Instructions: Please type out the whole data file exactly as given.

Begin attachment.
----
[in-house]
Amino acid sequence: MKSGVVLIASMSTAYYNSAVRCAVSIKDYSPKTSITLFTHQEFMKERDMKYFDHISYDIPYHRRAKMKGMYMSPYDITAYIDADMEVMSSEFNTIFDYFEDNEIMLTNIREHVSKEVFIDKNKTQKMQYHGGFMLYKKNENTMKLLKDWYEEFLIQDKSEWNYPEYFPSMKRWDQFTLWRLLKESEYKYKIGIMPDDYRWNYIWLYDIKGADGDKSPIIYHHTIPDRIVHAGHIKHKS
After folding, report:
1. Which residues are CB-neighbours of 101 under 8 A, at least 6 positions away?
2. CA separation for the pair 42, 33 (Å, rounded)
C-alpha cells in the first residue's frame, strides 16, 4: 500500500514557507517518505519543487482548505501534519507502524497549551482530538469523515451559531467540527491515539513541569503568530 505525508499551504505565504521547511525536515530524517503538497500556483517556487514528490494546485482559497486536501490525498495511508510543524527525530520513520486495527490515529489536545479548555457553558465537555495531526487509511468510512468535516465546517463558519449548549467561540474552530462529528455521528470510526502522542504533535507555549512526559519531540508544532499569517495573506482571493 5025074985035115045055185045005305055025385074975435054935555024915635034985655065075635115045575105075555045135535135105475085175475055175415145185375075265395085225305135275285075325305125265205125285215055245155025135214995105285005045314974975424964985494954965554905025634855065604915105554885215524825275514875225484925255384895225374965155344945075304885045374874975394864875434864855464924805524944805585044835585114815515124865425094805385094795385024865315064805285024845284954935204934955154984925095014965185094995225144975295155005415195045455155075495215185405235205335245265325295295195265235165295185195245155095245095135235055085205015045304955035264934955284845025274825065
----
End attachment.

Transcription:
[in-house]
Amino acid sequence: MKSGVVLIASMSTAYYNSAVRCAVSIKDYSPKTSITLFTHQEFMKERDMKYFDHISYDIPYHRRAKMKGMYMSPYDITAYIDADMEVMSSEFNTIFDYFEDNEIMLTNIREHVSKEVFIDKNKTQKMQYHGGFMLYKKNENTMKLLKDWYEEFLIQDKSEWNYPEYFPSMKRWDQFTLWRLLKESEYKYKIGIMPDDYRWNYIWLYDIKGADGDKSPIIYHHTIPDRIVHAGHIKHKS
After folding, report:
1. Which residues are CB-neighbours of 101 under 8 A, at least 6 positions away?
2. CA separation for the pair 42, 33 (Å, rounded)
C-alpha cells in the first residue's frame, strides 16, 4: 500500500514557507517518505519543487482548505501534519507502524497549551482530538469523515451559531467540527491515539513541569503568530 505525508499551504505565504521547511525536515530524517503538497500556483517556487514528490494546485482559497486536501490525498495511508510543524527525530520513520486495527490515529489536545479548555457553558465537555495531526487509511468510512468535516465546517463558519449548549467561540474552530462529528455521528470510526502522542504533535507555549512526559519531540508544532499569517495573506482571493 5025074985035115045055185045005305055025385074975435054935555024915635034985655065075635115045575105075555045135535135105475085175475055175415145185375075265395085225305135275285075325305125265205125285215055245155025135214995105285005045314974975424964985494954965554905025634855065604915105554885215524825275514875225484925255384895225374965155344945075304885045374874975394864875434864855464924805524944805585044835585114815515124865425094805385094795385024865315064805285024845284954935204934955154984925095014965185094995225144975295155005415195045455155075495215185405235205335245265325295295195265235165295185195245155095245095135235055085205015045304955035264934955284845025274825065